Thursday, August 27, 2009

Big Happy or Legs Go Snappy

I was out in Leavenworth this weekend and got to witness Johnny doing the FA of the longstanding roof project at the Carnival Boulders. If you've ever been to the Carnivals, you've probably noticed the huge looming roof on the largest boulder. You have also probably been disappointed to see the total dearth of holds, save for a large rail stretching sideways across the base of the overhang. Adam Healy recently rapped down and cleaned a line on the left arete that follows an incipient seam to top out at the edge of the roof. This Saturday, we brought a ton of pads up there and Johnny gunned down the FA - flash. It is clear to me that this line represents a distinctly new-school Leavenworth line. The crux moves are 20+ feet over jagged boulders, and the climb would probably not have been possible without Adam's rappel cleaning. Adam has been cleaning several other lines of equal height and quality, and I'm sure that this Fall will see the opening of more tough and committing lines like this.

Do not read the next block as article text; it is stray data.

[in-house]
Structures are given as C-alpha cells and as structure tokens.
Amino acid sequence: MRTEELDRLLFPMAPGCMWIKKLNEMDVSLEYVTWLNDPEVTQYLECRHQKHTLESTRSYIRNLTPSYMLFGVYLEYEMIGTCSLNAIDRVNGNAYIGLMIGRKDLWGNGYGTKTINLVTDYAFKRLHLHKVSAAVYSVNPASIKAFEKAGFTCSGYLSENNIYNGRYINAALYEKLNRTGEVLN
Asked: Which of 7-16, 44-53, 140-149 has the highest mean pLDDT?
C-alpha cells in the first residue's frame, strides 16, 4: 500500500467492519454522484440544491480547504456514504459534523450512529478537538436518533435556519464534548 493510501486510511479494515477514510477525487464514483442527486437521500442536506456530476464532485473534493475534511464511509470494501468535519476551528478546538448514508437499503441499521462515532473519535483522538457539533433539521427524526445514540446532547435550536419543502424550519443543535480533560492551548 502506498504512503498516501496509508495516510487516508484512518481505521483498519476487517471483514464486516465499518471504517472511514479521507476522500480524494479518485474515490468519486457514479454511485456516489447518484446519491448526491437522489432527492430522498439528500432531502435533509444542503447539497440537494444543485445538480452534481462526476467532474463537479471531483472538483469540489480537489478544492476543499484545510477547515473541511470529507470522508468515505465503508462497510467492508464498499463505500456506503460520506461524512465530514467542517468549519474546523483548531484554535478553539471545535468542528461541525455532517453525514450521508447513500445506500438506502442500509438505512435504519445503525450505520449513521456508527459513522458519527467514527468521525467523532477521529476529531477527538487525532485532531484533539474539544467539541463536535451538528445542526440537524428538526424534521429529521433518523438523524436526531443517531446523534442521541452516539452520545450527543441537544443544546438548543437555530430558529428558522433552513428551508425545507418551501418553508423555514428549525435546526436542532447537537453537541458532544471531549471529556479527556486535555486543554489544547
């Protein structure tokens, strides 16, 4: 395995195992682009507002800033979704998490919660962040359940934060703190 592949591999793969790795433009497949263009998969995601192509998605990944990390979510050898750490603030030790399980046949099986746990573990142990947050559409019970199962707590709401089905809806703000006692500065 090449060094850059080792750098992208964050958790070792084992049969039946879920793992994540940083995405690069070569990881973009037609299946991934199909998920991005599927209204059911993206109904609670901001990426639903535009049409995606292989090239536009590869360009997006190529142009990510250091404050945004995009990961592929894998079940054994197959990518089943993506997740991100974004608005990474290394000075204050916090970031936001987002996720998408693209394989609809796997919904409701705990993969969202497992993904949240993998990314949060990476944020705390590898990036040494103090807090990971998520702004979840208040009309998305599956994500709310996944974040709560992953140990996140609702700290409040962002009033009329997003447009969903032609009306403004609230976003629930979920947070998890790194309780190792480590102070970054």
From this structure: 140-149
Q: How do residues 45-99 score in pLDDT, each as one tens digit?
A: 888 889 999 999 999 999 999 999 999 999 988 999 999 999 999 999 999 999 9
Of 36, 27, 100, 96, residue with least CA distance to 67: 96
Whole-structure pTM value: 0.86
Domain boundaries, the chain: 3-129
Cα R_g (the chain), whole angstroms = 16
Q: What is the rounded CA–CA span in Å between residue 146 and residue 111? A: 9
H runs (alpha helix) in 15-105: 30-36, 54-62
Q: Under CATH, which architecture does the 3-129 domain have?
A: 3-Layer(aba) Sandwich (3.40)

I'll have some pictures to post in the next couple days, but for now, here's Scott Mitchell's video of Adam on the second ascent of Big Happy or Legs Go Snappy. Enjoy!

Tuesday, August 25, 2009

Joe's Problem


Sunday, August 16, 2009

Rhode Island Rocks